Goldman Sachs, the investment banking giant, could face a probe into its activities by some of the European countries. Following the fraud case against the company, the United Kingdom and Germany have asked for information from the US Securities and Exchange Commission (SEC) regarding the activities of the company.
There are many signs that point towards an independent probe by the European nations. In fact, the Prime Minister of the United Kingdom, Gordon Brown, has already asked Financial Services Authority, UK’s financial regulator, to begin investigation.
The trouble started for the company when the SEC filed a civil suit against it and one of its vice presidents for hiding information related to a sub-prime mortgage based investment product.
Goldman Sachs has denied the charges so far, claiming that it did not do anything wrong and it is the general market conditions which led to declines in that product. The case deals with investments tied to the performance of a pool of risky mortgages, which Goldman marketed without telling the investors that the pool had been selected by another client, a prominent US based hedge fund. Soon, the housing market bubble crashed and the value of the investments dropped sharply.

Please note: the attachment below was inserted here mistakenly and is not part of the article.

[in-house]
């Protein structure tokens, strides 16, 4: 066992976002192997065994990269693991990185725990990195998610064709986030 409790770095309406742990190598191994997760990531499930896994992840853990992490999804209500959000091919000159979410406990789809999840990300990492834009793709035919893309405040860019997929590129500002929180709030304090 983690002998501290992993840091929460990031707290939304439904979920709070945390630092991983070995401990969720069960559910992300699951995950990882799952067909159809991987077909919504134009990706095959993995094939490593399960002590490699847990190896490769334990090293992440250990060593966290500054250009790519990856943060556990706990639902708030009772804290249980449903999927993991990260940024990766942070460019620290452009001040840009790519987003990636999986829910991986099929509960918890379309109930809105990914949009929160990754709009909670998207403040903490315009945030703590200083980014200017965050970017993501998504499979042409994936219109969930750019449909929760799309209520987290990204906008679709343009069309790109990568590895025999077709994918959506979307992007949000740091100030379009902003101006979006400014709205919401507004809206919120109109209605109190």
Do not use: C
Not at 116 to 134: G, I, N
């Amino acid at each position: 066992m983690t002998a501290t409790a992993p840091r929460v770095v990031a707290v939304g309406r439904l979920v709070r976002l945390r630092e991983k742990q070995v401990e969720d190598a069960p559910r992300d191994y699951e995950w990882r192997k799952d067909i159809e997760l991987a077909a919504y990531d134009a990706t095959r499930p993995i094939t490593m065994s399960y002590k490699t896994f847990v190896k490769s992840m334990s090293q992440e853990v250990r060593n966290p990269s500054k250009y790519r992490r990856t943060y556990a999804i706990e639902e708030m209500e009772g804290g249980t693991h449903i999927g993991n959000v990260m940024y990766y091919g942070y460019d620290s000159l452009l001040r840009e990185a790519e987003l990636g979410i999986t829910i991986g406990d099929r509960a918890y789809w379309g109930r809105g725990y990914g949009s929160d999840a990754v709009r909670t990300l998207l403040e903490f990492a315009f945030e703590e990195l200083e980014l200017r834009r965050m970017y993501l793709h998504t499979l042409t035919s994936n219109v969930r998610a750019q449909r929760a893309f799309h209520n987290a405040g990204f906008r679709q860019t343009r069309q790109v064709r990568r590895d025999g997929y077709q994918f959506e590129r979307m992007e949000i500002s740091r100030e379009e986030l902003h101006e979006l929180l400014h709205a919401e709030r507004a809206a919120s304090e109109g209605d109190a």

Governments in the UK and Germany had to spend millions of dollars in saving banks that had bought into the investment promoted by Goldman. The Royal Bank of Scotland had to pay around $800 million to Goldman for unwinding some of the trades related to ABN Amro, which the bank had acquired. Because of the losses, the bank had to be partly nationalized. Brown has expressed his shock at the behavior of Goldman Sachs, which is planning a huge bonus for its employees.
Goldman is also being investigated by the EU for a swap deal with Greece that hid the financial problems of the country. It might also face investigation in Germany as the regulator BaFin has already sought information from the SEC. IKB Deutsche Industriebank AG had suffered because of failure to recover from U.S. sub-prime investments. Multi-billion euro rescue packages had to be floated for the bank.
Meanwhile, the Goldman Sachs trial has had a huge impact on stock markets in the US, Europe, and even Asia. Australia’s securities regulator, ASIC is also planning to join the growing international probe into the activities of the bank. It’s stock had fallen by 13% when it was first accused of fraud by the SEC, but it has somewhat recovered since then.